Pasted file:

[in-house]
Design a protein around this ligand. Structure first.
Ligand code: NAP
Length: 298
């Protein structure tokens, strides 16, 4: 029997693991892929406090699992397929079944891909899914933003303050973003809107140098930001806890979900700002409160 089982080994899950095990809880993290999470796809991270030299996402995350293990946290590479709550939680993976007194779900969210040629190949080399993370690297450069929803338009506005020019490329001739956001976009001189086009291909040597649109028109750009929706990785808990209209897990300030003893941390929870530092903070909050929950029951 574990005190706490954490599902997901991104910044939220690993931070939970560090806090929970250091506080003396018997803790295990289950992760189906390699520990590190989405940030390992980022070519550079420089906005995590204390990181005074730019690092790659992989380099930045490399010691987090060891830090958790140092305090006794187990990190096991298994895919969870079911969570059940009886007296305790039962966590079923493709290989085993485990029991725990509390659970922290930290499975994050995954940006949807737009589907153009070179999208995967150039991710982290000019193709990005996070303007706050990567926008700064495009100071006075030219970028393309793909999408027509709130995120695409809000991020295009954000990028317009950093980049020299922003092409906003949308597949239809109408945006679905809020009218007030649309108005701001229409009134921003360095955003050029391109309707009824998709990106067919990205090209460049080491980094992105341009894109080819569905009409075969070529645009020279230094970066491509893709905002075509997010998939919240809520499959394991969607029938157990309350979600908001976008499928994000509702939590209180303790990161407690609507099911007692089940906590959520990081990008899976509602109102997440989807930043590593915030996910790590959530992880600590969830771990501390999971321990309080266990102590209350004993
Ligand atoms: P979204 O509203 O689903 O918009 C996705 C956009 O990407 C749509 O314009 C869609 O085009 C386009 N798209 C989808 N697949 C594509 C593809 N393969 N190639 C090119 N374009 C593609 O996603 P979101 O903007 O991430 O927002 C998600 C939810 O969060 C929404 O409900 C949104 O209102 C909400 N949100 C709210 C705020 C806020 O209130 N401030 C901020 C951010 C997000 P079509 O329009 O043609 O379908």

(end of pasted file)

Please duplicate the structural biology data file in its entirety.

[in-house]
Design a protein around this ligand. Structure first.
Ligand code: NAP
Length: 298
């Protein structure tokens, strides 16, 4: 029997693991892929406090699992397929079944891909899914933003303050973003809107140098930001806890979900700002409160 089982080994899950095990809880993290999470796809991270030299996402995350293990946290590479709550939680993976007194779900969210040629190949080399993370690297450069929803338009506005020019490329001739956001976009001189086009291909040597649109028109750009929706990785808990209209897990300030003893941390929870530092903070909050929950029951 574990005190706490954490599902997901991104910044939220690993931070939970560090806090929970250091506080003396018997803790295990289950992760189906390699520990590190989405940030390992980022070519550079420089906005995590204390990181005074730019690092790659992989380099930045490399010691987090060891830090958790140092305090006794187990990190096991298994895919969870079911969570059940009886007296305790039962966590079923493709290989085993485990029991725990509390659970922290930290499975994050995954940006949807737009589907153009070179999208995967150039991710982290000019193709990005996070303007706050990567926008700064495009100071006075030219970028393309793909999408027509709130995120695409809000991020295009954000990028317009950093980049020299922003092409906003949308597949239809109408945006679905809020009218007030649309108005701001229409009134921003360095955003050029391109309707009824998709990106067919990205090209460049080491980094992105341009894109080819569905009409075969070529645009020279230094970066491509893709905002075509997010998939919240809520499959394991969607029938157990309350979600908001976008499928994000509702939590209180303790990161407690609507099911007692089940906590959520990081990008899976509602109102997440989807930043590593915030996910790590959530992880600590969830771990501390999971321990309080266990102590209350004993
Ligand atoms: P979204 O509203 O689903 O918009 C996705 C956009 O990407 C749509 O314009 C869609 O085009 C386009 N798209 C989808 N697949 C594509 C593809 N393969 N190639 C090119 N374009 C593609 O996603 P979101 O903007 O991430 O927002 C998600 C939810 O969060 C929404 O409900 C949104 O209102 C909400 N949100 C709210 C705020 C806020 O209130 N401030 C901020 C951010 C997000 P079509 O329009 O043609 O379908």